Humbled by Hot Wheels? You’re not alone, according to mom bloggers and toy manufacturers.
Photo by trazomefreak via Flickr.
It’s kind of hard to understand how these little plastic machines can be so much fun.
— Raijean Stroud, Chicago-based mom/blogger on the importance of Mattel’s Hot Wheels event
One of my son’s first toys was a Hot Wheels car given to him on his first birthday. Since then, his collection of toy cars has swelled to more than 100, a number I’m embarrassed to admit. Toy cars are such a big part of our day-to-day life that you’re guaranteed to find at least one in each of my coat pockets, a few in the glove box of our car and a couple banging around in the dryer (because I don’t empty pockets before I do laundry). I’m not particularly good at playing cars — especially now that our son dreams up complicated rules for every race we have — but I try.
That’s why the recent Bloomberg Businessweek
headline “Mattel teaching moms to play Hot Wheels in bid to revive iconic toy cars
” grabbed my attention. Last month, Mattel invited influential mommy bloggers to a swank event in New York to “discuss one of the great mysteries of modern life: why moms don’t know how to play Hot Wheels with their sons.” Citing stagnant growth in the Hot Wheels brand, the toy manufacturer believes that if mothers better understood how a Hot Wheels car worked — and the benefits of playing with them — that sales will improve. Scrapbooking, brainstorming, Bloody Marys and mimosas were all part of the event.
After I picked my jaw up off the floor, I asked a few friends what they thought of the event. Allison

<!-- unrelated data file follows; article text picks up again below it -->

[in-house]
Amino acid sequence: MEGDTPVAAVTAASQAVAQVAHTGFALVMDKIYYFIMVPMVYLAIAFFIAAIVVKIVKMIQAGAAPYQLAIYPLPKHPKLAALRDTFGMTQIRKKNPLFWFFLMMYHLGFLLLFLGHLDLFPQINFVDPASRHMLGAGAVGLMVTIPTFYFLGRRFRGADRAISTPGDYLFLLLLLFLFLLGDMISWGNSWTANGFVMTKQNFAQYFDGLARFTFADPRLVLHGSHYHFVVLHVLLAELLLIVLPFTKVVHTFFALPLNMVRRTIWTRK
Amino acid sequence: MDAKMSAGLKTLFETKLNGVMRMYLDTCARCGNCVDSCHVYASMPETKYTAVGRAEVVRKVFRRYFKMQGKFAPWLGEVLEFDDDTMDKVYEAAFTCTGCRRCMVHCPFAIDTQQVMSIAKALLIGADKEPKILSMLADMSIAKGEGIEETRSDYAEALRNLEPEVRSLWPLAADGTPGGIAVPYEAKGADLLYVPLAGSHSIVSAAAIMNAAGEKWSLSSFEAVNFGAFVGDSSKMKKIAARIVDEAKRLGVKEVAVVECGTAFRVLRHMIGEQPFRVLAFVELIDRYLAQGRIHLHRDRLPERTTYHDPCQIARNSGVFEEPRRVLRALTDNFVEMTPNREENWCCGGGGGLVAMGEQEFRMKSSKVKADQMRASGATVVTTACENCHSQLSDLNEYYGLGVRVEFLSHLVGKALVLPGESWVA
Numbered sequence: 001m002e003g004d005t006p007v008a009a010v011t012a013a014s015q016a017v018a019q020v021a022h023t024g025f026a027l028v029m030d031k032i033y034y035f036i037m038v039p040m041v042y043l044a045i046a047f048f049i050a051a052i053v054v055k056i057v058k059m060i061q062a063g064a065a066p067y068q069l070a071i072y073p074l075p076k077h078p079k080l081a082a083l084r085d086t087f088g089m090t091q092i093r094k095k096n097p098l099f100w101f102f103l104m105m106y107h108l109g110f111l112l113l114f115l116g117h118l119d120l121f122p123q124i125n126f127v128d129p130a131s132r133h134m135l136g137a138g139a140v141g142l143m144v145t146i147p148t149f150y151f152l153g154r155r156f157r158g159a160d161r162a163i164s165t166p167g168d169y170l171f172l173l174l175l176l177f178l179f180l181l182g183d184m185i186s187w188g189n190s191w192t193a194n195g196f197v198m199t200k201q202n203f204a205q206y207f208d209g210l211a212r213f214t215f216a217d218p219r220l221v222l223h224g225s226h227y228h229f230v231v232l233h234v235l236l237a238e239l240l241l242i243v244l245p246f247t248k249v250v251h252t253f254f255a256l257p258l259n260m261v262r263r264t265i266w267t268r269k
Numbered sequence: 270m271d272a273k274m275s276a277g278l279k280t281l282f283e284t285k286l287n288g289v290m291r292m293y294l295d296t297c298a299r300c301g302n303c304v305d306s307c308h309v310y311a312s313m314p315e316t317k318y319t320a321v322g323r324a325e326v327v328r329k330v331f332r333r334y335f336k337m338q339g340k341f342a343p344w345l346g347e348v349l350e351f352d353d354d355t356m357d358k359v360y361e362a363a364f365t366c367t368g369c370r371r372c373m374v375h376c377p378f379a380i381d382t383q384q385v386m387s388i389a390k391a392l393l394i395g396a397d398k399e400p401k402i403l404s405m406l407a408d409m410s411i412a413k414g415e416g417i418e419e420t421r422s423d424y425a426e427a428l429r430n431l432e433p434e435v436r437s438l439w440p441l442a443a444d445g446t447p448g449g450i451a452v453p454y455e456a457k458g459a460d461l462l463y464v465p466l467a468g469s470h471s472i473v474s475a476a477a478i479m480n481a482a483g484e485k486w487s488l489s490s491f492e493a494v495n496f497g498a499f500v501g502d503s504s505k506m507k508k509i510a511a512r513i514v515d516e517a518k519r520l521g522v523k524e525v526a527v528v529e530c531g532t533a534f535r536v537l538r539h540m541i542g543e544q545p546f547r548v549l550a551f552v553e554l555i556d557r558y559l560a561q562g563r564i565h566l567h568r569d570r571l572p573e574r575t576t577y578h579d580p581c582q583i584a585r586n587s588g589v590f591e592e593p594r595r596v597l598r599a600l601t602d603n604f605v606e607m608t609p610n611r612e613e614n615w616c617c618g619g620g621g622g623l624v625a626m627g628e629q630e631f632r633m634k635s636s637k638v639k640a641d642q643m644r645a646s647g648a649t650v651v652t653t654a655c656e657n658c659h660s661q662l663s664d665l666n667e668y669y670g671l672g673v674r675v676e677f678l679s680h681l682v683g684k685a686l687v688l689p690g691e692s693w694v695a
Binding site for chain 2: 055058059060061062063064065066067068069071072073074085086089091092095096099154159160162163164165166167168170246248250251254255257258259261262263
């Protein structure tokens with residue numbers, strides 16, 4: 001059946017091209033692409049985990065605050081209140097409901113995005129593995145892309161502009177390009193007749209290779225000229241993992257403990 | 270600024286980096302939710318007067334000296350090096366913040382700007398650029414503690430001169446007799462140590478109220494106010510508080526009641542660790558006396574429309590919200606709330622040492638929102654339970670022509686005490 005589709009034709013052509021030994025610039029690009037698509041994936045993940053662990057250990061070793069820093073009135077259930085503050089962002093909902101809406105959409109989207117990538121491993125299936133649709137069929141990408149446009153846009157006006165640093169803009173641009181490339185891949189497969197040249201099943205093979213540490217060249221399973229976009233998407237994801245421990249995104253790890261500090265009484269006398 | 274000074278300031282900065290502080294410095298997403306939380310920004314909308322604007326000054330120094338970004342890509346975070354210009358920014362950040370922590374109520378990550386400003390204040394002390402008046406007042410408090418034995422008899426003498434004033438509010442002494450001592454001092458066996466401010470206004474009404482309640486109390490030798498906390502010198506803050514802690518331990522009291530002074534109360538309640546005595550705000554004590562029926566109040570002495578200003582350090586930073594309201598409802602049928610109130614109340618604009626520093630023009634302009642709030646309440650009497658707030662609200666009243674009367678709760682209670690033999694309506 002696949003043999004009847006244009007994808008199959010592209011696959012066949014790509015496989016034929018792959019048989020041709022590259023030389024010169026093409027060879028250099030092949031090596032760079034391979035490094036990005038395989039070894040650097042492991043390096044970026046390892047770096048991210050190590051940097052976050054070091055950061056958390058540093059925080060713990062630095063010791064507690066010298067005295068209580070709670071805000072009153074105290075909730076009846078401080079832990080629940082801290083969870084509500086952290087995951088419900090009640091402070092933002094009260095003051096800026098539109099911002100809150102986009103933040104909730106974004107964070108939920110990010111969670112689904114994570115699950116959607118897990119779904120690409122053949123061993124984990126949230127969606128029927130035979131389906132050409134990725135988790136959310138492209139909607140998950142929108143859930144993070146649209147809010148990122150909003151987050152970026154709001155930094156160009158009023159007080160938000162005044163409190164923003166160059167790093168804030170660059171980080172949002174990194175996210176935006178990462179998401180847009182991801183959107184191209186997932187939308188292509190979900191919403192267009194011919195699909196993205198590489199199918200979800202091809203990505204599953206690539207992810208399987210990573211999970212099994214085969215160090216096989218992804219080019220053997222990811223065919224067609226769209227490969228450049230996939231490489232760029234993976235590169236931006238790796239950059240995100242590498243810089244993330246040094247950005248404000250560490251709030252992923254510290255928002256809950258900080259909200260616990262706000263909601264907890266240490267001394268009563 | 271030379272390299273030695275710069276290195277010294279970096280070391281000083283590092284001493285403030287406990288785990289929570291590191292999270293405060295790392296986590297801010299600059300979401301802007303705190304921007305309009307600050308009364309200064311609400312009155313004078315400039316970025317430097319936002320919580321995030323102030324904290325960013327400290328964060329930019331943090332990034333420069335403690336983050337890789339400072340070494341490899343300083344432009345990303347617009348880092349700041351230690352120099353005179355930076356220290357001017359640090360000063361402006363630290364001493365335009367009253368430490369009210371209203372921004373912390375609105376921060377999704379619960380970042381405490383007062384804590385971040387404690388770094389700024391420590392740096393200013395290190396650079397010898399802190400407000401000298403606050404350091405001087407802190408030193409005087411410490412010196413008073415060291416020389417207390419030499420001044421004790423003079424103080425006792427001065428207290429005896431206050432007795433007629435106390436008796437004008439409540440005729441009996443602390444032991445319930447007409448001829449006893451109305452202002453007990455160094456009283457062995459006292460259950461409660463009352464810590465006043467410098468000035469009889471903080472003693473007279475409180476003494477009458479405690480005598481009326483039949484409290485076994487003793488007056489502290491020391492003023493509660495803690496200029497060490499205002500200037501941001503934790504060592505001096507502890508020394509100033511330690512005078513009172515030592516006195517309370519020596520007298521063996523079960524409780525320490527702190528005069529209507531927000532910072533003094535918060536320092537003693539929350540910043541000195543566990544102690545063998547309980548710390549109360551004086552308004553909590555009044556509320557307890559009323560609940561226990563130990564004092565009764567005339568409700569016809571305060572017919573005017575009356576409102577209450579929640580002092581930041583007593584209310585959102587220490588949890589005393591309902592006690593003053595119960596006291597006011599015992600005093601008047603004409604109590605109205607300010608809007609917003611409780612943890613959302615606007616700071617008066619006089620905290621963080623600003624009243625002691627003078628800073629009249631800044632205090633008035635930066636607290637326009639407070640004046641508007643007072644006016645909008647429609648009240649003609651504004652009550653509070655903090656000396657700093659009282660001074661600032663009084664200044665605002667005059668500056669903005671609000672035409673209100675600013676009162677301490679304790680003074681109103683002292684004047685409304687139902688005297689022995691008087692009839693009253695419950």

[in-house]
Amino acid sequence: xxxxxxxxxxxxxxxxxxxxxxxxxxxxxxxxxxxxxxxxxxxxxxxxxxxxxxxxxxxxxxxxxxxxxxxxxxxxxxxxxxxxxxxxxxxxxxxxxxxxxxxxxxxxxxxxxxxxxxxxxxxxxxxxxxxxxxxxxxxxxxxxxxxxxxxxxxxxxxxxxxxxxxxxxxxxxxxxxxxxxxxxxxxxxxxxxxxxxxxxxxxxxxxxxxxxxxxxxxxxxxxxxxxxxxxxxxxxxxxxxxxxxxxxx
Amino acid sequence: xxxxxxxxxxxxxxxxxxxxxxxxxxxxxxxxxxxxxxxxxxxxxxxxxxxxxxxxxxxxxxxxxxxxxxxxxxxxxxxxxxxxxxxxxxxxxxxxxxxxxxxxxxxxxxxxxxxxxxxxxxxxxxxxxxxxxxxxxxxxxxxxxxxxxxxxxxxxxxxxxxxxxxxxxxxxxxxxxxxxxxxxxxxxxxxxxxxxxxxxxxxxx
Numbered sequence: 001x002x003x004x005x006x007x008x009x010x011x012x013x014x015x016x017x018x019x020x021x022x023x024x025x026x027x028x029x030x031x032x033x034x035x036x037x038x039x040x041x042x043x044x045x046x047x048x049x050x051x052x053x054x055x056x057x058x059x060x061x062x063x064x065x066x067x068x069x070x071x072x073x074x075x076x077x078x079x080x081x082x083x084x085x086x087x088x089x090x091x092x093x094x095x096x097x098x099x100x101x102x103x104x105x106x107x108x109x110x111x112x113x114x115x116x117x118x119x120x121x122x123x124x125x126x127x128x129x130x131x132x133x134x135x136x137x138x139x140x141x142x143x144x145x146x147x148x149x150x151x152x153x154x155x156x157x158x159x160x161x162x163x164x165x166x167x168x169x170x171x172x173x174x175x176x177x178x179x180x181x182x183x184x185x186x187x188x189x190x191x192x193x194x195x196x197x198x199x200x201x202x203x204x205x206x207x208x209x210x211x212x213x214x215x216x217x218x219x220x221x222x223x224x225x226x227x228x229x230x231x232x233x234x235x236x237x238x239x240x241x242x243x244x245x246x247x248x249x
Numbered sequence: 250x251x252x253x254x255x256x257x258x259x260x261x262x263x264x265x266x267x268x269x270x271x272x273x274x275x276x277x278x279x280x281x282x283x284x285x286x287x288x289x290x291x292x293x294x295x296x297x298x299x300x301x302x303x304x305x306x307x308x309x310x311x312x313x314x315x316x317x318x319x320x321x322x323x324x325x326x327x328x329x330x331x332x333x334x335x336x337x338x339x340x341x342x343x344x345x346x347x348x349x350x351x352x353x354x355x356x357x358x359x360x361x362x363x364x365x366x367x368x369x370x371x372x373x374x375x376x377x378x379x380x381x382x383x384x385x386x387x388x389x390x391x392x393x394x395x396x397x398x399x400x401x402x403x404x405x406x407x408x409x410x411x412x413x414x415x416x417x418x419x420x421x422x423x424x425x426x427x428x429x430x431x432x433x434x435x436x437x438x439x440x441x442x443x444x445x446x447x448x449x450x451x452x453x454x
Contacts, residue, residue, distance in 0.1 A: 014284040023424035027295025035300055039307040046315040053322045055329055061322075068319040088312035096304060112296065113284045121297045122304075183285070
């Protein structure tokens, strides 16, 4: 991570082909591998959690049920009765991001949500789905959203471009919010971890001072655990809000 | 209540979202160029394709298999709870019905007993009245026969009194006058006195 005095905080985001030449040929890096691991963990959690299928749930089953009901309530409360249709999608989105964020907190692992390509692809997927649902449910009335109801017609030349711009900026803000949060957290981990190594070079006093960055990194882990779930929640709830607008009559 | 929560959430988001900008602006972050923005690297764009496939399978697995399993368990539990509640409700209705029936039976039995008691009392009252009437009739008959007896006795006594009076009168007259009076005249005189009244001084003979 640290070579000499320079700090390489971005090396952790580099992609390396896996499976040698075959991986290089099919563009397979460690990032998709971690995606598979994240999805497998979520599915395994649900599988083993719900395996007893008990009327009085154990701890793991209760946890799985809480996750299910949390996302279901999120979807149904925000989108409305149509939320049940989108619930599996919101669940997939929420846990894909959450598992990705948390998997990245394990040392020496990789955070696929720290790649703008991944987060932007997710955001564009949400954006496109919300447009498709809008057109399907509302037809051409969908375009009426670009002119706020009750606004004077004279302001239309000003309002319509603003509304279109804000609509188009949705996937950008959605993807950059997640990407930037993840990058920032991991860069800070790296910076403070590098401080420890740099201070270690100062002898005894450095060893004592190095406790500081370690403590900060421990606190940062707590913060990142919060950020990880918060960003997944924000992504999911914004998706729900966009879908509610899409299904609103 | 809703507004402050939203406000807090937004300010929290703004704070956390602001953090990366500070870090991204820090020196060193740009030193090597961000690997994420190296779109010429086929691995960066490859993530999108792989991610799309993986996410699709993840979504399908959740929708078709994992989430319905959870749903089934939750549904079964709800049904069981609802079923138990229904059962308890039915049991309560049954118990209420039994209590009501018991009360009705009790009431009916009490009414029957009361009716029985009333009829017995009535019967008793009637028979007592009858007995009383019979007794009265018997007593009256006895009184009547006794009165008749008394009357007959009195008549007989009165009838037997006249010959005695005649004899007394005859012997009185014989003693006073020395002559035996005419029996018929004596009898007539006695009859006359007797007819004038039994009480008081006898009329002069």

, mom of a son and a daughter, said that it’s dolls she has a harder time with, even though she loved them as a child. Andria, mom of two girls, says her kids love Transformers and trains — and they play with a red sports car from when she was growing up. However it was Kirsten
, mom of two boys, who said it best: This is one of the stupidest things I’ve ever read.
I admit one of the challenges of being a parent is that, with your childhood far behind you, remembering how to play like a kid is hard. And it’s OK to admit that you don’t like Lego or hate Play-Doh, but do you really need to be taught how to stack plastic bricks together or roll dough into balls? The action of building Lego brick houses is no more difficult than rolling a toy car across the floor and making the appropriate crashing noises when it dents the baseboards on the other side of the room (and, honestly, that’s all it takes to get a belly laugh from a pre-schooler). If moms need to be taught how to play with toy cars, are workshops for dads who don’t know how to play with dolls needed? Somehow I don’t see that happening.
My advice is to listen to your children — they are the only ones who can truly teach you the joy of imaginative play
Which of your children’s toys do you not like to play with? Do you think you benefit from a lesson on how to play with their toys?